Carlton County Courthouse History

From the early 1870s to 1911, Carlton County used a frame building as its courthouse in Thomson, a city located on the new railroad line between Duluth and St. Paul.  In 1880, a second jail was built at Northern Pacific Juntion and the city of Cloquet eventually became the county seat.  Ten years later, residents of Northern Pacific Junction paid for a courthouse and changed the name of their town to Carlton.

The 1890 courthouse was a narrow, two-story brick building with a high-pitched single gable roof.  The arched entry on the narrow end was flanked on its left by a round roof-high tower and on the right by a short turret, bulging from the wall.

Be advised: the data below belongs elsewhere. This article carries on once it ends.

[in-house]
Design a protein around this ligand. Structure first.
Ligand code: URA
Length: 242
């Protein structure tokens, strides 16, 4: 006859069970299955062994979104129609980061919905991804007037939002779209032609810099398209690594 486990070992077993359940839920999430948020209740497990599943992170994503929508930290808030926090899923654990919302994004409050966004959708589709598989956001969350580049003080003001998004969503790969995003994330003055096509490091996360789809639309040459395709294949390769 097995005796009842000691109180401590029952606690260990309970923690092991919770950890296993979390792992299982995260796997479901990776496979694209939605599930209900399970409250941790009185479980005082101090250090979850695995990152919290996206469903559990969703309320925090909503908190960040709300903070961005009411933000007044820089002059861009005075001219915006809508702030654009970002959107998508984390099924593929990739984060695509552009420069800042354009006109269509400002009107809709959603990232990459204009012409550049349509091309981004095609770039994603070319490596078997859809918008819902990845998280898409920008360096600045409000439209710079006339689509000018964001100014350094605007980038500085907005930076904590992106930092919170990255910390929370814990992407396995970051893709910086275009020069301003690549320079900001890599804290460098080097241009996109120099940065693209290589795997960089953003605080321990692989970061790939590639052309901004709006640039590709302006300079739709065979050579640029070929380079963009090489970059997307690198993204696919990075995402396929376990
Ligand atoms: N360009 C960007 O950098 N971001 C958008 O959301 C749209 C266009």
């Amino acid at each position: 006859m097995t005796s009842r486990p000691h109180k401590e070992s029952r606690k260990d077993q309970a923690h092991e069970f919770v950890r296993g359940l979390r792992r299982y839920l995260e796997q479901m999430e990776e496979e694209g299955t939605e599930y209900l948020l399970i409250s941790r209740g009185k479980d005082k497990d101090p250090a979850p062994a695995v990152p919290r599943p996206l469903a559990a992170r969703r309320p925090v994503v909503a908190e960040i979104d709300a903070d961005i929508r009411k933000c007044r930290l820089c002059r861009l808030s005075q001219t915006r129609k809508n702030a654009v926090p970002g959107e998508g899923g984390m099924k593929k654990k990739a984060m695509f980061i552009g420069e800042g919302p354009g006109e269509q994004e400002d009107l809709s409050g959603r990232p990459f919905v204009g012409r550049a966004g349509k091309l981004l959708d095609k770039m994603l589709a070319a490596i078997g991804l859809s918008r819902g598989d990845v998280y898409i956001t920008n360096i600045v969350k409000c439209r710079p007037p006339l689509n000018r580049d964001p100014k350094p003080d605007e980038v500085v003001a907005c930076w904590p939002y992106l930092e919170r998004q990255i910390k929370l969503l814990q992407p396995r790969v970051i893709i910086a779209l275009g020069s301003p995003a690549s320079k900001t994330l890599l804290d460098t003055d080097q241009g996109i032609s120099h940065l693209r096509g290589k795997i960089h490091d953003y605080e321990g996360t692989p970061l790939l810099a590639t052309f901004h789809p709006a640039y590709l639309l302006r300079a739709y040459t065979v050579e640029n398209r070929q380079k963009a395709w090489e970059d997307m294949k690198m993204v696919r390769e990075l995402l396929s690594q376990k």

The current courthouse (pictured above), took nearly two years to build and was completed in 1924.  The three-story classic Second Renaissance Revival building is built with cream-colored brick and stone.  Clyde W. Kelly designed the building and the Niebuhr Co. of Minneapolis built it.  Materials, including furniture and fixtures, cost $259,003, but by the time the bonds were retired in 1943, the cost had increased to $301,350.


The Clerk's Office at the Carlton County Courthouse, as photographed in 1920.

Historical information adapted from "The First 100 Years... The Minnesota State Bar Association."

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